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Here's how I've approached this situation in Unity in the past: I create a custom shield shader that accepts some number of vector parameters (typically 3 or 4), each representing a recent hit. The xyz components are the position of the hit in local coordinates, and the w component is the intensity. Within the fragment shader, I compute the object-space ...


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For the sad weary soul a decade from now who stumbles upon this question wishing for it to be answered: void main(void){ vec3 p1 = mix(tcPosition[0], tcPosition[3], gl_TessCoord.x);//may have to rearrange these numbers depending on your implementation vec3 p2 = mix(tcPosition[1], tcPosition[2], gl_TessCoord.x); vec3 pos = normalize(mix(p1, p2, ...


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I figured it out. Hopefully this can help someone else. private short[] indexData = new short[] { 0, 1, 2, 2, 3, 0 }; private VertexPositionTexture[] CreateTriangles(Vector2 location, int width, int height) { /* this is what the index data tells us * * 2 ________________ 3 * |\ ...


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In the code here : new VertexPositionTexture(new Vector3(1f, -1f, 0f), new Vector2(1, 1)), new VertexPositionTexture(new Vector3(-1f, -1f, 0), new Vector2(0, 1)), new VertexPositionTexture(new Vector3(-1f, 1f, 0), new Vector2(0, 0)), ...


7

You already know what you have to do, I'll just summarize it. There are three ways to solve your problem: Go ahead and make a conditional like you're saying, either by sampling the texture or by creating a separate uniform for this purpose. As you probably know, adding branching on a shader is almost never a good idea, and much less so in the fragment ...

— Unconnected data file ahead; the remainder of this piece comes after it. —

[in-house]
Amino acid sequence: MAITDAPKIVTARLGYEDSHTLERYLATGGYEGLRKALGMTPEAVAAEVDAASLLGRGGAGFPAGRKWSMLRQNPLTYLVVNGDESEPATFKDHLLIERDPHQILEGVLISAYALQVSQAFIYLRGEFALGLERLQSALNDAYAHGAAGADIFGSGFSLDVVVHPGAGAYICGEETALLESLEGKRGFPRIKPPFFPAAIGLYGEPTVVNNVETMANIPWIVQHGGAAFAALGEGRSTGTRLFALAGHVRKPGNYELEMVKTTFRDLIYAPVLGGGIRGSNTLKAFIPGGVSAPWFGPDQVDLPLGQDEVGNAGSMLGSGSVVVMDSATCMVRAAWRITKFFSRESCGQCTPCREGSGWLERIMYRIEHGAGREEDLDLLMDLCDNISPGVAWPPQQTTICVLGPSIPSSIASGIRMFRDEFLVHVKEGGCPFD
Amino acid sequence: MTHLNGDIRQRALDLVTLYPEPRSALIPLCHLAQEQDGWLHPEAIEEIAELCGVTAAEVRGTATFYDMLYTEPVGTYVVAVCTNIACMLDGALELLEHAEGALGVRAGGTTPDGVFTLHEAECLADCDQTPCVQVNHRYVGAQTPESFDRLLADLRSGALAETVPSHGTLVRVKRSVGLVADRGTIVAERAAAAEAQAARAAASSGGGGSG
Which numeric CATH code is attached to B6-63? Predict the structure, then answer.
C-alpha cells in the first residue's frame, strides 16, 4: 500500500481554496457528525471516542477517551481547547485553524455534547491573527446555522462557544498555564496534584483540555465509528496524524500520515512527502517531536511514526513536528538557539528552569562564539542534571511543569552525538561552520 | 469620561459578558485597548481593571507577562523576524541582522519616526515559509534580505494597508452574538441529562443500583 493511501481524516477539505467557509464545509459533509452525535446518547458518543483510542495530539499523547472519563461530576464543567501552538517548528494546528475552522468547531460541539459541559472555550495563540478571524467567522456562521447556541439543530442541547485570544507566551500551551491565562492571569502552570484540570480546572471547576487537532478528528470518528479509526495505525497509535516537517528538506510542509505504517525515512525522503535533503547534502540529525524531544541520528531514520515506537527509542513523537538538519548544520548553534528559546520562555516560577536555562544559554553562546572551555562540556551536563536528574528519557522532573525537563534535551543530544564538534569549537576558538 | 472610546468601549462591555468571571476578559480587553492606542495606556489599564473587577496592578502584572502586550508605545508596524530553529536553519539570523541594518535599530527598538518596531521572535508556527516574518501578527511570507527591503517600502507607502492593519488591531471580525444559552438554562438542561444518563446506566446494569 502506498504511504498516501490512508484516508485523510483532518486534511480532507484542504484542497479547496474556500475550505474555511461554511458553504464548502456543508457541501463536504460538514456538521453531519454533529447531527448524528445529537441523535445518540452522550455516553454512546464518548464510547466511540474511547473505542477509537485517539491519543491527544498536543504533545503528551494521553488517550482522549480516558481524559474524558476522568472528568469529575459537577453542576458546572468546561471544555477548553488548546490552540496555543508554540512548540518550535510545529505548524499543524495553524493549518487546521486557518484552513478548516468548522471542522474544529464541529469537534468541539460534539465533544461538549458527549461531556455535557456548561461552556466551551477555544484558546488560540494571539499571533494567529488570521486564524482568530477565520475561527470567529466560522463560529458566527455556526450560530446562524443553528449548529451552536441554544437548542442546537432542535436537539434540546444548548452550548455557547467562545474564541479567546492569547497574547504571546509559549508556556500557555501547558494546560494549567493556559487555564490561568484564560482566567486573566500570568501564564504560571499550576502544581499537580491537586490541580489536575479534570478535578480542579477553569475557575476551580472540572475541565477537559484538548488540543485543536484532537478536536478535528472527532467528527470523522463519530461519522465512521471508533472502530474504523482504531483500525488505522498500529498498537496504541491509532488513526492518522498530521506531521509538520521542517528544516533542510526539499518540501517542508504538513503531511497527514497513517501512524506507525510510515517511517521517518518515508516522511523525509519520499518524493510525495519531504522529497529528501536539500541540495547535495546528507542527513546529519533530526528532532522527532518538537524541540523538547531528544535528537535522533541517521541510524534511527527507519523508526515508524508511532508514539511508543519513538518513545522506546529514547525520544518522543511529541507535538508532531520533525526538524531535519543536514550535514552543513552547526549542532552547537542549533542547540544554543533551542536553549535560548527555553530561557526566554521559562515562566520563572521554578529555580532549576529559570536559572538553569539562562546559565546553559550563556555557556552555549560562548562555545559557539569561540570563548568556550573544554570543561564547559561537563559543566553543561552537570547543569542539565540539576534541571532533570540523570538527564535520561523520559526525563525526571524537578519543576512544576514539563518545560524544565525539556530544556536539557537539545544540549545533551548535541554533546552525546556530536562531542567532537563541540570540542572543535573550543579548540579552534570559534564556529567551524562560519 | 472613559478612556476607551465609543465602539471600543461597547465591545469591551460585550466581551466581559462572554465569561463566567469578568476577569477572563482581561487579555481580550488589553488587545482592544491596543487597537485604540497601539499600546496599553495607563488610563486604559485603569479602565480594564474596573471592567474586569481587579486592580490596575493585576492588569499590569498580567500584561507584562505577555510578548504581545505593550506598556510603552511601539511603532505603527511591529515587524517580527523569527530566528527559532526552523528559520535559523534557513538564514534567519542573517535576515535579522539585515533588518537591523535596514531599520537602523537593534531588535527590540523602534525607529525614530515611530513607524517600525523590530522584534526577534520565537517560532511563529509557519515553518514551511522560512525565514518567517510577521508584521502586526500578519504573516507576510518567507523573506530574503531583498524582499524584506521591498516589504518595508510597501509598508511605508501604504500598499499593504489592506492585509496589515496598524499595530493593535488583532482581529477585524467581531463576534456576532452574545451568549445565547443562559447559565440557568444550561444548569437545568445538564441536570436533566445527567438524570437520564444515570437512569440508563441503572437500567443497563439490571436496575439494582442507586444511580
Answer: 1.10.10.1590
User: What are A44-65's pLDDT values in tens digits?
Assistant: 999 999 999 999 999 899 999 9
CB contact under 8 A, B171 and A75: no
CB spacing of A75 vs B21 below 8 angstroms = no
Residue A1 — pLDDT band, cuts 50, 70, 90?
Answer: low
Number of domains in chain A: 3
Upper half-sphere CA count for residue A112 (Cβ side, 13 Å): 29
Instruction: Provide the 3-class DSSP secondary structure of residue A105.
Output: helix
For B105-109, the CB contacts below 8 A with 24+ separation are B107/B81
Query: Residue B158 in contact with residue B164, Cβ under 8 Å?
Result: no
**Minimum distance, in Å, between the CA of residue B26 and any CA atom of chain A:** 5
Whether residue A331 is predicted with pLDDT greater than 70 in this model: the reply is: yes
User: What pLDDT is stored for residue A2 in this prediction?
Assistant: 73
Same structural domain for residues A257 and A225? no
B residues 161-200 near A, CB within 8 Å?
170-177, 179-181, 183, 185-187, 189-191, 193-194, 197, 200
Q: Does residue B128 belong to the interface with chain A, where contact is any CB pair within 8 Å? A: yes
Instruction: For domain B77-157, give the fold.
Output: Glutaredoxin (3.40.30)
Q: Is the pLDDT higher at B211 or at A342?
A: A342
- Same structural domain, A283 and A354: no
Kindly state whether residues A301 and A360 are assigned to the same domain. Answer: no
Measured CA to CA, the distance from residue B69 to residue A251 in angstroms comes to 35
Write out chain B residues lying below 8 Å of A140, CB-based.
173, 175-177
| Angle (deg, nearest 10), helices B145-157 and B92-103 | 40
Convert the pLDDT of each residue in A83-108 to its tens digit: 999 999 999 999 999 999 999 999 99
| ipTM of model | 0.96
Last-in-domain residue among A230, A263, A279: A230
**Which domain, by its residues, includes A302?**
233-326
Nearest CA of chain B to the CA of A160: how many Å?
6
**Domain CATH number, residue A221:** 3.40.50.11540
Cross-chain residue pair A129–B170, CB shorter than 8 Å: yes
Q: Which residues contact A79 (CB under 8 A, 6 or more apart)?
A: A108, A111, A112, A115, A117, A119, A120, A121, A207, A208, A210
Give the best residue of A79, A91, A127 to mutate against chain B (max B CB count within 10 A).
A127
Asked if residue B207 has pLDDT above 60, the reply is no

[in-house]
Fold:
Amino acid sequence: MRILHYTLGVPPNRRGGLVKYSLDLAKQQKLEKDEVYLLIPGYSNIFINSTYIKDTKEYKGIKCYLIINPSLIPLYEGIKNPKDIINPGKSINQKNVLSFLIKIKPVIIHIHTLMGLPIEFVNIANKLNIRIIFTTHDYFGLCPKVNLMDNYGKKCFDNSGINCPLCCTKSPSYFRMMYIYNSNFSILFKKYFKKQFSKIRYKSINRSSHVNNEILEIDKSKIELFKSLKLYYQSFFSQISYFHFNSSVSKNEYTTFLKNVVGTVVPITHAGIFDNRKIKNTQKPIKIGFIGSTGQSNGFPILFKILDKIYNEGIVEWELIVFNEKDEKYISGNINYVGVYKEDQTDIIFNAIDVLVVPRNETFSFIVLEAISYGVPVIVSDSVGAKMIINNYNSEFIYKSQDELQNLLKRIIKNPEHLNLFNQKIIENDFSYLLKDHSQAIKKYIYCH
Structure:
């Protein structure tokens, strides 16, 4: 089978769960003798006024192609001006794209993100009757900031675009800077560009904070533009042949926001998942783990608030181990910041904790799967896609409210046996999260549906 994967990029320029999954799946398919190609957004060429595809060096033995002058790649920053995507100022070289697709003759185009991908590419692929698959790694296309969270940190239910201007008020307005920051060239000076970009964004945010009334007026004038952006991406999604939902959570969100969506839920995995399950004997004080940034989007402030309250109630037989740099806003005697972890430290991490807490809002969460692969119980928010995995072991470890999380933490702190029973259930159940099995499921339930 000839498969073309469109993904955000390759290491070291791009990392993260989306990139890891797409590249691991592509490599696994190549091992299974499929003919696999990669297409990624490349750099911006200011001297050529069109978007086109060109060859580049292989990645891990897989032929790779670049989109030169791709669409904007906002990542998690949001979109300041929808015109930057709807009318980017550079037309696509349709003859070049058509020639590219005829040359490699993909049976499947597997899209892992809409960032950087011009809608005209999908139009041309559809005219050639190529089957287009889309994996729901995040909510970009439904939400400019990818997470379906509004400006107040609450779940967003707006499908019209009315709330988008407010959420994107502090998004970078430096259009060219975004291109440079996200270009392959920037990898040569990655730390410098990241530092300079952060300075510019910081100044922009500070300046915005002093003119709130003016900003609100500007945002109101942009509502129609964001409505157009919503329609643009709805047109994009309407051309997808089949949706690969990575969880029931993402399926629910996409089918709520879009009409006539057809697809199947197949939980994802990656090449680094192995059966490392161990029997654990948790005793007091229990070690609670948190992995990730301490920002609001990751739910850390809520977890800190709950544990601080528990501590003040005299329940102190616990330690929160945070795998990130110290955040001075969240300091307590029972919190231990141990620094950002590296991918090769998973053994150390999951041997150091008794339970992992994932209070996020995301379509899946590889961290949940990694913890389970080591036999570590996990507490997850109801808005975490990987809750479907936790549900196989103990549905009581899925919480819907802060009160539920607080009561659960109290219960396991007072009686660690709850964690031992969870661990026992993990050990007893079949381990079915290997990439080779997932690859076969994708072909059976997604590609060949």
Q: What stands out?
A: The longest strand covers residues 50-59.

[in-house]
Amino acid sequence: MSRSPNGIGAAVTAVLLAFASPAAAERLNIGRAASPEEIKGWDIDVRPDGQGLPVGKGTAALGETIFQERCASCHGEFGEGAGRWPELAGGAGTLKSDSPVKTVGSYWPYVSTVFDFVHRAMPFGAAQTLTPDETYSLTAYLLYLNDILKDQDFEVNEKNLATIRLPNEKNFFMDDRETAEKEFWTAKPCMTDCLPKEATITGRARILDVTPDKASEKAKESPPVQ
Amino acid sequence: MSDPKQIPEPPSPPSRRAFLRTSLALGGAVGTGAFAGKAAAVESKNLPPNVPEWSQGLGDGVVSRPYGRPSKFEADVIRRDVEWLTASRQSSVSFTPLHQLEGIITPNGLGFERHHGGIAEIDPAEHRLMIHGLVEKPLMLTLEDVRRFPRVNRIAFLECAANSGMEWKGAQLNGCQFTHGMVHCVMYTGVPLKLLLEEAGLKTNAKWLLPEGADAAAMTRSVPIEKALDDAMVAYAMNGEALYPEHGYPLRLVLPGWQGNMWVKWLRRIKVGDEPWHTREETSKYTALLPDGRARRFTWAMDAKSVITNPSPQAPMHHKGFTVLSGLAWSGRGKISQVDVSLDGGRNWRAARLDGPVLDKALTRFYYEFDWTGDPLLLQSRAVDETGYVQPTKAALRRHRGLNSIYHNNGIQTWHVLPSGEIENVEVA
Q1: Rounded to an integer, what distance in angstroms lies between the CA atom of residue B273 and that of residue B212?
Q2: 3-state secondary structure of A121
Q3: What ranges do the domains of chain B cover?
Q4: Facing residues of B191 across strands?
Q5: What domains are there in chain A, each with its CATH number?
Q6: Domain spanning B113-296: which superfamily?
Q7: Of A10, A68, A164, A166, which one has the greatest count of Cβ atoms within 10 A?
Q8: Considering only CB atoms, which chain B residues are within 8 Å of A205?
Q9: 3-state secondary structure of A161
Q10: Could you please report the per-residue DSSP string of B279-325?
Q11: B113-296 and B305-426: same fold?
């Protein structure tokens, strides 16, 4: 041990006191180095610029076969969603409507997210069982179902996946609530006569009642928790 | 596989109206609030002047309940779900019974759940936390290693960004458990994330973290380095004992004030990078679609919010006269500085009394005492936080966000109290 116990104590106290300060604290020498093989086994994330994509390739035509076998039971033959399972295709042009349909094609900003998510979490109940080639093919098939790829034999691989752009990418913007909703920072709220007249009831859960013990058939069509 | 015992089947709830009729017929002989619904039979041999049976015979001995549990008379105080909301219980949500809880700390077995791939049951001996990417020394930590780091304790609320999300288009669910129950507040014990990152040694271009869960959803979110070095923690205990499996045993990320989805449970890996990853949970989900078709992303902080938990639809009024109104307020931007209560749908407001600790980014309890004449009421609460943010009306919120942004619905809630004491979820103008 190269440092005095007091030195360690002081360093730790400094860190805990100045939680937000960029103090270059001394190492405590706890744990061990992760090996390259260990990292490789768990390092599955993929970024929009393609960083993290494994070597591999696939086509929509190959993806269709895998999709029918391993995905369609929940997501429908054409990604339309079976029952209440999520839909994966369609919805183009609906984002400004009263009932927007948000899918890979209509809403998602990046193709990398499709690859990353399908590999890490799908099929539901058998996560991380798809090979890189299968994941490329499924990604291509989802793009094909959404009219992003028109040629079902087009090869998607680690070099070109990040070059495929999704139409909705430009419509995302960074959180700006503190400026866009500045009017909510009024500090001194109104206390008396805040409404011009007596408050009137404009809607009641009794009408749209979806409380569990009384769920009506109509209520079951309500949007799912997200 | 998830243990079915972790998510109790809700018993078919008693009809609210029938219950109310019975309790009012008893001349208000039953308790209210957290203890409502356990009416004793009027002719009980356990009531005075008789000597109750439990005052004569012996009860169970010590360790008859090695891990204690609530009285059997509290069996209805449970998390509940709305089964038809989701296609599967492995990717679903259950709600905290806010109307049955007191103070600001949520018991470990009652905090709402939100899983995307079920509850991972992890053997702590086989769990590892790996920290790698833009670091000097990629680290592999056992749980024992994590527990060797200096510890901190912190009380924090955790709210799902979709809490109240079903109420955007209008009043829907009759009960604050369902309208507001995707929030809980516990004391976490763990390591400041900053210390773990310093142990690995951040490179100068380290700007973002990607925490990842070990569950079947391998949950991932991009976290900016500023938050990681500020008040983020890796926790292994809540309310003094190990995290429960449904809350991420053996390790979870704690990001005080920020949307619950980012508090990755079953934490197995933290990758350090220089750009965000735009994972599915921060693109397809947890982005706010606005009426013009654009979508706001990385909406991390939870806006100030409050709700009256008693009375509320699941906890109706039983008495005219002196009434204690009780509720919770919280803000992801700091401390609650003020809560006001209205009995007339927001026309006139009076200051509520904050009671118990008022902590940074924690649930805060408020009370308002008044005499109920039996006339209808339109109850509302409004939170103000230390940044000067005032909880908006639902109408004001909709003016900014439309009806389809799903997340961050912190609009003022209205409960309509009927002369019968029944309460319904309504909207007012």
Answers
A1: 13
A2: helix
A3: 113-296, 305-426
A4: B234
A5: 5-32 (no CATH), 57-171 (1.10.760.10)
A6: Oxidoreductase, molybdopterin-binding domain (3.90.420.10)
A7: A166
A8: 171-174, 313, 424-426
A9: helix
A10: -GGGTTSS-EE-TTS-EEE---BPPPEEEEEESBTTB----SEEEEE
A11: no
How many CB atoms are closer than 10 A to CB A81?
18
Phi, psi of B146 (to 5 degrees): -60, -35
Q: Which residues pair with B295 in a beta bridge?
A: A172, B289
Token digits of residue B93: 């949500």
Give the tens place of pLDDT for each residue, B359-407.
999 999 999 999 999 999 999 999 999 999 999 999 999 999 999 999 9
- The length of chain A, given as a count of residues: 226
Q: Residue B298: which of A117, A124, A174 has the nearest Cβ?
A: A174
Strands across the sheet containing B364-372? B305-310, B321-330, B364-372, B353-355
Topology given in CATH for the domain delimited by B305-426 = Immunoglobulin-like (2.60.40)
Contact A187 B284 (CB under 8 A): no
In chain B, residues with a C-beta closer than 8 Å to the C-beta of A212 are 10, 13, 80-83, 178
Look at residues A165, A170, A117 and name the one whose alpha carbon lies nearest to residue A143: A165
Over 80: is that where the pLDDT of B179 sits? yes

0

If you could generate a texture which is about the normal on the surface of the object you want to show the shield. There is no need for shaders. First, you need to prepare a cellular texture like the reaction in the picture, which should be transparent. Then, about the reaction when hit by the beam. Then, you need to prepare a(maybe several) dome for ...


1

You can't rewrite that loop so that it can't be unrolled. GPUs do not in general support a varying number of attributes to be passed between stages. You can, however, eliminate the loop entirely. Just pass vPosWS to the fragment shader, and do the loop there. Then the unrolling will actually be helpful. Bonus: You don't waste an absurd amount of bandwidth ...


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Unroll. The instruction cost is minimal - just a subtraction! You can try and put "[unroll]" (without quotes) just above the "for" line, or just unroll manually, but, really, unroll. You won't even have the comparison instruction for the for loop check.


1

I'm a newb to DirectX myself, but from what I've read, in HLSL, this: Texture textures[3]; Will actually be compiled like this: Texture textures0; Texture textures1; Texture textures2; So indexing into the array won't work.


2

One way of doing this is to when you are loading the model and creating the vertex layout. you could calculate a second set of normals. which would be the flat normals. Do so by taking the connecting triangles. and then put it into all the vertices. if there is more than one connecting pollygon, you could insert some indexing to make it easier to handle ...


3